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Famous Scientists and Their Childhood Interests

Mar 26, 2018 12:00 AM

Many scientists are recognized for their inventions and their contributions to science. However, not much is known about their childhood and their childhood interests. Some famous scientists were born into destitute families with many siblings, while others were born into prosperous families with plenty of means to go around. No matter how they started out in life, they loved exploring the things of science, studied, and discovered ways to make life better and contribute to society.

One such scientist was Charles Darwin. Charles was born in 1809 into an affluent family and had four older siblings, three sisters, and a brother. His father was a well-known doctor, and build their home in Shrewsbury, England. Charles would not stay in England his whole life though.

As a child, Darwin was friendly and made friends quickly, but he enjoyed time alone and would often take walks exploring nature. Charles’s mother became ill and passed away when he was only eight years old. From then on, the house was different, his father wasn’t happy and worked more often than before. Charles was enrolled at The Shrewsbury School which taught primarily in Latin. Charles grew bored and rather focused on his collections of bugs. As a result, he did not do well in his studies and later, in 1825, he attended the Edinburg Medical School because his father wanted him to be a physician such as himself. However, Darwin left medical school and graduated from Cambridge University in 1831.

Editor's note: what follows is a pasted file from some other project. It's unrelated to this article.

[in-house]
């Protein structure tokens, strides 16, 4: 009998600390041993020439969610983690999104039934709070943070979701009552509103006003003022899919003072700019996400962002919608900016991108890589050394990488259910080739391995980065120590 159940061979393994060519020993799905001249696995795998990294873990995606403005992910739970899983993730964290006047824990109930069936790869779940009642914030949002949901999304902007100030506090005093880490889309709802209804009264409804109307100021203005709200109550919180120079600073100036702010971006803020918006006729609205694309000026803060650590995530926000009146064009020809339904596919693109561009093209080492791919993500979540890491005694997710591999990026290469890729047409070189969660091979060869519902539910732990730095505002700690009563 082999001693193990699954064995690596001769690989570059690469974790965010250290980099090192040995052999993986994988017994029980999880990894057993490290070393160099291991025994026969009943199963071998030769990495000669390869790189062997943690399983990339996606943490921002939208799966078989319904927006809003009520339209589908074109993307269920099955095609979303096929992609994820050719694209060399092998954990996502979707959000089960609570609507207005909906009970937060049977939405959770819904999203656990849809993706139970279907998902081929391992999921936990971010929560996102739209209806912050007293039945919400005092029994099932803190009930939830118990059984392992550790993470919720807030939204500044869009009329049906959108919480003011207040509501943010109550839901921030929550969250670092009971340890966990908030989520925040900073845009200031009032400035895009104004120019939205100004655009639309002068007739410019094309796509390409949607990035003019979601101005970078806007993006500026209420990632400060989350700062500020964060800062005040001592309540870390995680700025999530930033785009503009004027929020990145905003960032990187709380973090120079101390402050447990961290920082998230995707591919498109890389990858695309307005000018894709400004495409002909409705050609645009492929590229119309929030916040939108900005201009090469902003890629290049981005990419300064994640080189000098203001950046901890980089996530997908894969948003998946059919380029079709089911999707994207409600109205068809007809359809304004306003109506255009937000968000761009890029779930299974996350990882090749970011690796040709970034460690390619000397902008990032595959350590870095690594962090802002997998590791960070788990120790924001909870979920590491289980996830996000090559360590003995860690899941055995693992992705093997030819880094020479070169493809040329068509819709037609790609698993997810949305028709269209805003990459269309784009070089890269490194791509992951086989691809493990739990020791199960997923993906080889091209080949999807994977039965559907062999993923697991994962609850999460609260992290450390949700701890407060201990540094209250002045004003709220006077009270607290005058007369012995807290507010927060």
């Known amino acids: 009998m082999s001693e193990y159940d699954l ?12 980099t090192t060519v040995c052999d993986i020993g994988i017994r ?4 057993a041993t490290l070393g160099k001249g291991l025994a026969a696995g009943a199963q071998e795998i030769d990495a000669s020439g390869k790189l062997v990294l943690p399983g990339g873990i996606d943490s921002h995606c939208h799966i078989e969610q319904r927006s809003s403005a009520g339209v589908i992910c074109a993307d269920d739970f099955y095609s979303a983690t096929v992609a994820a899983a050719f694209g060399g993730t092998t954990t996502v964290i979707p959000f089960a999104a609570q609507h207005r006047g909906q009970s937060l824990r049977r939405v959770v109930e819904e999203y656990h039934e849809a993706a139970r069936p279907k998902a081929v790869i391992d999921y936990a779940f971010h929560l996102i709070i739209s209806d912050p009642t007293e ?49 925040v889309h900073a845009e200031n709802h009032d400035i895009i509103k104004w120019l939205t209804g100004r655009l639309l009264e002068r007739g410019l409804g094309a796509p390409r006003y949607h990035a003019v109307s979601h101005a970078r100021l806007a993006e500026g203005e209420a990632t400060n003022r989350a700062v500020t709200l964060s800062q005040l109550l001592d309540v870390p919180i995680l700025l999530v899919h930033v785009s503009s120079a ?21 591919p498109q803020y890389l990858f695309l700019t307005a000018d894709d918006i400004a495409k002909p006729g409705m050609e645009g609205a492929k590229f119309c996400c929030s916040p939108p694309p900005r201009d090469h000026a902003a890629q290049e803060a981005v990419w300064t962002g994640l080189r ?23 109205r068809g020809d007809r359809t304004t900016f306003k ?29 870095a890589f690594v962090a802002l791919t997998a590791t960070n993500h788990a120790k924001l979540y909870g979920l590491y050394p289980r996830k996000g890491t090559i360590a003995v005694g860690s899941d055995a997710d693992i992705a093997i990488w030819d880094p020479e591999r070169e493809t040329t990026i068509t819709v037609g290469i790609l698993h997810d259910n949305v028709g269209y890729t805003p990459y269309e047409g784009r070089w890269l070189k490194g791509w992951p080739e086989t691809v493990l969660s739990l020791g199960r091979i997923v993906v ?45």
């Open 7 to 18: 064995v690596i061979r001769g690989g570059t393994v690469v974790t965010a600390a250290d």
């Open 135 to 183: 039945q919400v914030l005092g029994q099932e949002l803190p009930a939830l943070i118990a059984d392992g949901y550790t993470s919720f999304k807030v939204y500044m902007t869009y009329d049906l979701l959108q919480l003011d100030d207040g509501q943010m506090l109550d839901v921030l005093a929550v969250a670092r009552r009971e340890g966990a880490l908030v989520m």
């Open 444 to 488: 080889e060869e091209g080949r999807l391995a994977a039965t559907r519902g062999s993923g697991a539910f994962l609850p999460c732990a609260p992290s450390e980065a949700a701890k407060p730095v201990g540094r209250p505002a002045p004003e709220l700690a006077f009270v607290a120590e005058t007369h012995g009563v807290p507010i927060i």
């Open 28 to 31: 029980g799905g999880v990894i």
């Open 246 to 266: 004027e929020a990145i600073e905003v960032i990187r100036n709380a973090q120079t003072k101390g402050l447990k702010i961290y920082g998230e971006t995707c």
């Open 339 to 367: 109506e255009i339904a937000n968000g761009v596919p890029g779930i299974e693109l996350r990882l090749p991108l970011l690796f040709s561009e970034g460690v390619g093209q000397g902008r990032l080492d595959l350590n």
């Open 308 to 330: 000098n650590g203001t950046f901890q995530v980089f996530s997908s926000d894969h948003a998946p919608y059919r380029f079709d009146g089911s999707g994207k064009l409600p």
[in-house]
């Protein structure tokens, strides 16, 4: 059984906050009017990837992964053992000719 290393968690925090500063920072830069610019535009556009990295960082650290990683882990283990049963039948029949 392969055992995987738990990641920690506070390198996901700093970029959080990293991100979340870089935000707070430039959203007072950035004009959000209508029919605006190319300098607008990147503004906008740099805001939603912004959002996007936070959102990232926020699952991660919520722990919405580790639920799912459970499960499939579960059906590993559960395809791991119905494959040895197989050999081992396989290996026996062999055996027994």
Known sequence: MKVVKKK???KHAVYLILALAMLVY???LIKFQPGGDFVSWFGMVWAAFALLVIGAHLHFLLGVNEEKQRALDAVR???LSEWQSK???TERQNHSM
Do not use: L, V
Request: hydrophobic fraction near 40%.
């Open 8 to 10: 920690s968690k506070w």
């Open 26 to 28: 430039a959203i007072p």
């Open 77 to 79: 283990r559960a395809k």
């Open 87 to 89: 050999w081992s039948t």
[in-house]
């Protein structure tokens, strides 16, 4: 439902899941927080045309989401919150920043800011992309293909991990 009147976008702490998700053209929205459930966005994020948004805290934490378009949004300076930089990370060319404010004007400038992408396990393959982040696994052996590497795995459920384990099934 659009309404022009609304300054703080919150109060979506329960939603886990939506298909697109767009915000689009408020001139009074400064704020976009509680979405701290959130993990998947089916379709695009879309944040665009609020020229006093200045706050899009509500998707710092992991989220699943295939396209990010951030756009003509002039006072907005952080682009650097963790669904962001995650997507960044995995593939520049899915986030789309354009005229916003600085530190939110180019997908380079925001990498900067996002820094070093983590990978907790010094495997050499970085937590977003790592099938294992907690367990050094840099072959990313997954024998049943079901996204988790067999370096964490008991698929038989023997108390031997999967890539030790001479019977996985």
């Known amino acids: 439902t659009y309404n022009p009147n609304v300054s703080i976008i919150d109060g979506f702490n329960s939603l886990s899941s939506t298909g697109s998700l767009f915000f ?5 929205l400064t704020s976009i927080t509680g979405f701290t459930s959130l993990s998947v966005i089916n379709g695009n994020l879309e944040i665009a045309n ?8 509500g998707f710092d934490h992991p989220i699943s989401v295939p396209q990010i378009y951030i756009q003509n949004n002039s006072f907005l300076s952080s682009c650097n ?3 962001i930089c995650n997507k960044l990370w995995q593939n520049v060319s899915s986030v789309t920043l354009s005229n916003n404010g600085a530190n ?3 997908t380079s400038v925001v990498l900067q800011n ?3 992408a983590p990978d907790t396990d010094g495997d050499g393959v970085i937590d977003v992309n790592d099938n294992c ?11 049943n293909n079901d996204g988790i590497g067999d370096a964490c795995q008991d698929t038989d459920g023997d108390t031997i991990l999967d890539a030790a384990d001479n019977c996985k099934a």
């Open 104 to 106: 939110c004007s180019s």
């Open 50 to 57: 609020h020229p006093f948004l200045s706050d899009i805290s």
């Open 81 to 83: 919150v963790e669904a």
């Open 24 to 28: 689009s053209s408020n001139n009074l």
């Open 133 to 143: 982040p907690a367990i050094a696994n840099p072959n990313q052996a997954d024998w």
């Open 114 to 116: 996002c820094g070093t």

One of his favorite pastimes was taking walks with his older brother, Erasmus. They’d hunt for different kinds of insects, especially beetles. Then, the two would conduct experiments in the shed that was in the back of The Mount. These experiments are what peaked Charles’ interest in science and living organisms. He had many collections; some were of animals, rocks, butterflies, and of course, his favorite, beetles.

Charles Darwin later came on to revolutionize the idea of evolution by studying animals all around the world. From a kid, he loved collecting bugs and now two hundred years later, he is still an important figure in the science community.

What are your children interested in? Do they like different animals, such as cats, dogs, or horses? Maybe you can help them create a notebook with pictures of the different breeds and list the characteristics they have.

Where do you live? Do you live in the mountains where your little enjoys collecting different kinds of rocks? You can conduct your own science experiment and try to break the rocks to see their layers inside and to inspect the various layers or textures inside.

Children’s interest in science will change depending on their age, imagination, and learning abilities. Sometimes children start a science collection, but then change their mind, and want to collect or explore something different. This is good and all part of the learning process. The main thing is to have fun and explore the world of science together.

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